Still, we couldn’t be cavalier with this. For example, we made sure the gamers were located far from the launch team — the launch team had a serious job to do and didn’t need distraction. But that didn’t prevent the benefits: every so often a gamer would slip out of Guitar Hero and wander over to the launch team to check up on progress, offering some advice and support if necessary. One time a critical SQL script was running worryingly slowly and a call came through to see if someone could contribute to the investigation; a couple sat down at a machine a few feet from the Mario Kart players, traced the problem, and suggested a change to the script which was agreed and did the job. That night it made the difference between “go” and “abort”.
If there’s a general lesson to be drawn from this I don’t think it’s to keep a Wii console in the stationery cupboard along with the paperclips and envelopes. But exploiting opportunities that are specific your particular situation is probably a good thing to do, even if they aren’t enshrined in official company policy.
…which changed in the way we thought about it (and implemented it) a long time after it was released.
Originally any piece of content was designated as being of exactly one type: it was either an article, a video, a competition, and so on. To take the video content as an example, putting a video onto the site involves opening up a video content editor in the CMS, referencing the appropriate asset in the Brightcove system, and adding some video-specific metadata such as its source and preferred display size. Clearly you aren’t going to confuse that with writing an article, which is why it made sense to say that each piece of content was of exactly one type, no more and no less.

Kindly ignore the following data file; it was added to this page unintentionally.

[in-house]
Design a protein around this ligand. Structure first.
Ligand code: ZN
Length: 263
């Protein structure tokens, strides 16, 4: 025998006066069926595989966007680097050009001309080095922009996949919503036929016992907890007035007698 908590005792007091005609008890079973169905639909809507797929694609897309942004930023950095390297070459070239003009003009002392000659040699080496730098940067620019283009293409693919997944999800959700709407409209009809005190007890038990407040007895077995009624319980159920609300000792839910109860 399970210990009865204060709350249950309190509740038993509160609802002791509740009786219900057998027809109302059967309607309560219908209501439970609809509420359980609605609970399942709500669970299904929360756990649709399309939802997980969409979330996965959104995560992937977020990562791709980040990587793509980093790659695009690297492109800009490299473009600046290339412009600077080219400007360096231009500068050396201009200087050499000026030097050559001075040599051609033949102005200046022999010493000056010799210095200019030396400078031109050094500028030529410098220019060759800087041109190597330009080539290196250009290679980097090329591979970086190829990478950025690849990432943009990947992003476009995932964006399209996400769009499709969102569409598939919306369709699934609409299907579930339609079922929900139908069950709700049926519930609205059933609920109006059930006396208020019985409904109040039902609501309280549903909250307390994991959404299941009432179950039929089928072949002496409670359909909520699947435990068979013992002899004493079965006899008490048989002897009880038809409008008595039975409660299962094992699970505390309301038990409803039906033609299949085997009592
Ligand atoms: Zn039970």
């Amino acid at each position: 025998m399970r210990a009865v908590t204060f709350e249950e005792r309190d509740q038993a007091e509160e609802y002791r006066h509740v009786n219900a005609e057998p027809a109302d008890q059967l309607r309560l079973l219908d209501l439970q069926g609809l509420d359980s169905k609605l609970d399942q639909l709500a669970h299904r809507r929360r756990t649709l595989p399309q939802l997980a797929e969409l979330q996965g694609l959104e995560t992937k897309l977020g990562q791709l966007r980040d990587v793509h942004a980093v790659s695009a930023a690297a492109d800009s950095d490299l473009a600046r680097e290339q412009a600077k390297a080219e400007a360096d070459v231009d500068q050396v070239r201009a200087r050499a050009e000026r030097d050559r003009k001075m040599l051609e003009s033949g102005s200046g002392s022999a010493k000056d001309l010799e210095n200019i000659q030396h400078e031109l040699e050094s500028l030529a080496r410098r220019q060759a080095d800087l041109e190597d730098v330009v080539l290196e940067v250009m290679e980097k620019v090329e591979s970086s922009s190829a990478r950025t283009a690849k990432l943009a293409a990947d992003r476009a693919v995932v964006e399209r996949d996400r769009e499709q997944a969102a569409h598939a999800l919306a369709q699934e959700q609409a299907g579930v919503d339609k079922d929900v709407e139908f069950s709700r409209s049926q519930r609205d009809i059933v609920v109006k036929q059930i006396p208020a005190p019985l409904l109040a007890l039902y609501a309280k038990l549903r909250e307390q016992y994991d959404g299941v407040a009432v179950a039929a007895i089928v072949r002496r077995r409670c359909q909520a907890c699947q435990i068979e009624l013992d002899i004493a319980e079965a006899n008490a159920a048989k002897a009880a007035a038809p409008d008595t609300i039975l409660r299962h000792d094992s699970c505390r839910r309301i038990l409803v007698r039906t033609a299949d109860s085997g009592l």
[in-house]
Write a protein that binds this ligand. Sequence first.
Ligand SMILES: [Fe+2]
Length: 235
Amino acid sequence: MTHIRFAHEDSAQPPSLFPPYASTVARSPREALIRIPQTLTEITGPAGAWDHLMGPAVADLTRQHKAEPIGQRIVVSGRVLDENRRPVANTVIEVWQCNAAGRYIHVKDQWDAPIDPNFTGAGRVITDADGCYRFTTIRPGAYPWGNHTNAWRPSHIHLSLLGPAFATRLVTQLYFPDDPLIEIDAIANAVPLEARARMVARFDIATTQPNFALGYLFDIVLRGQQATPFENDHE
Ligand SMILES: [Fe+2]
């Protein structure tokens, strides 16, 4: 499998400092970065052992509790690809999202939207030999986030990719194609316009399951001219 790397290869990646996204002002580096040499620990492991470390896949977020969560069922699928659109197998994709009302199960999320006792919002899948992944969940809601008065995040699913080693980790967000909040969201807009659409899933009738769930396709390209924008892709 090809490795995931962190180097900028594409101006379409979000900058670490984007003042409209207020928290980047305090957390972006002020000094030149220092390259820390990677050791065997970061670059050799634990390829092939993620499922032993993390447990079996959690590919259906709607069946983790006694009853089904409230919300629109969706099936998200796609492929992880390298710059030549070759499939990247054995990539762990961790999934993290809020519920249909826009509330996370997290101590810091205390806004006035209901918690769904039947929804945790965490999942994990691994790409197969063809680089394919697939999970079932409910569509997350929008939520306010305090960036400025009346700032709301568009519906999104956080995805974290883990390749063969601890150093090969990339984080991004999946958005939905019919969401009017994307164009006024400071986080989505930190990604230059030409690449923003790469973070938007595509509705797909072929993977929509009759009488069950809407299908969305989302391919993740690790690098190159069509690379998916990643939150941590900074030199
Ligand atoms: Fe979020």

But one day one of the editorial staff made an unusual request: she had an article and wanted us to add a checkbox in the article editor marked “Display on video page”. This puzzled the tech team initially — if it was an article then people wanting videos wouldn’t want it to appear on the video page. Also, we were wary about adding a feature which would complicate the article editor but be used by few people. We quickly found the good reason for her request: she was creating an article with an embedded YouTube video, and the purpose of the content really was to showcase the video. Anyone looking for videos on the site would want to find the content, so it should appear on the video page, but the video should remain outside the Guardian CMS, so the video content editor wasn’t appropriate.
We realised this was a general need: content could fall into several categories at once and editorial staff should be able to flag it as such. The solution, then, was not to add a checkbox marked “Display on video page” because that wouldn’t solve the general problem. Instead we took an existing “labelling” facility present in all the content editors, and we extended it allow content-type labels to be added. Of course, we also needed to ensure the system responded to these new labels, but since it was an extension of an existing feature it was a more natural and reliable solution than we might otherwise have implemented.
The end result therefore didn’t introduce any complexity for end-users — no extra buttons or checkboxes — but it did give them the power to do what they wanted.
This is a good example both of how our understanding of apparently-basic questions (“what is video?”) can change with experience, and of how understanding the source of a requirement can lead to better solutions.